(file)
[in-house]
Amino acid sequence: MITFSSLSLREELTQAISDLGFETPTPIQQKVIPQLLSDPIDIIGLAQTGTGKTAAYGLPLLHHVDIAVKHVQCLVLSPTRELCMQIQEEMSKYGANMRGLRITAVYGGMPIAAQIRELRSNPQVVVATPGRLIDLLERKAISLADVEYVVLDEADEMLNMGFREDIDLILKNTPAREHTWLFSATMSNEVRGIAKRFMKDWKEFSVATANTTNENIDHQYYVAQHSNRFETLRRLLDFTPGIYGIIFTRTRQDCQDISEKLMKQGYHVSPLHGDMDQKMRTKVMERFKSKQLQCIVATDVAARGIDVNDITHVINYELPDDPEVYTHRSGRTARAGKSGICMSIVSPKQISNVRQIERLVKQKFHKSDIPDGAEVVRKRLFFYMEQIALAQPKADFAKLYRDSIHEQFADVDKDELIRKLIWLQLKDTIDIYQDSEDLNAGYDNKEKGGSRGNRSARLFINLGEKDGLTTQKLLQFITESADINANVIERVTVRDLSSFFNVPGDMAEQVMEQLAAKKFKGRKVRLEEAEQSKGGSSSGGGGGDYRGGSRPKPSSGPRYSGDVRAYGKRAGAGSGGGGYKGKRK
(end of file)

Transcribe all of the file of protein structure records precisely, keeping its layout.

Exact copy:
[in-house]
Amino acid sequence: MITFSSLSLREELTQAISDLGFETPTPIQQKVIPQLLSDPIDIIGLAQTGTGKTAAYGLPLLHHVDIAVKHVQCLVLSPTRELCMQIQEEMSKYGANMRGLRITAVYGGMPIAAQIRELRSNPQVVVATPGRLIDLLERKAISLADVEYVVLDEADEMLNMGFREDIDLILKNTPAREHTWLFSATMSNEVRGIAKRFMKDWKEFSVATANTTNENIDHQYYVAQHSNRFETLRRLLDFTPGIYGIIFTRTRQDCQDISEKLMKQGYHVSPLHGDMDQKMRTKVMERFKSKQLQCIVATDVAARGIDVNDITHVINYELPDDPEVYTHRSGRTARAGKSGICMSIVSPKQISNVRQIERLVKQKFHKSDIPDGAEVVRKRLFFYMEQIALAQPKADFAKLYRDSIHEQFADVDKDELIRKLIWLQLKDTIDIYQDSEDLNAGYDNKEKGGSRGNRSARLFINLGEKDGLTTQKLLQFITESADINANVIERVTVRDLSSFFNVPGDMAEQVMEQLAAKKFKGRKVRLEEAEQSKGGSSSGGGGGDYRGGSRPKPSSGPRYSGDVRAYGKRAGAGSGGGGYKGKRK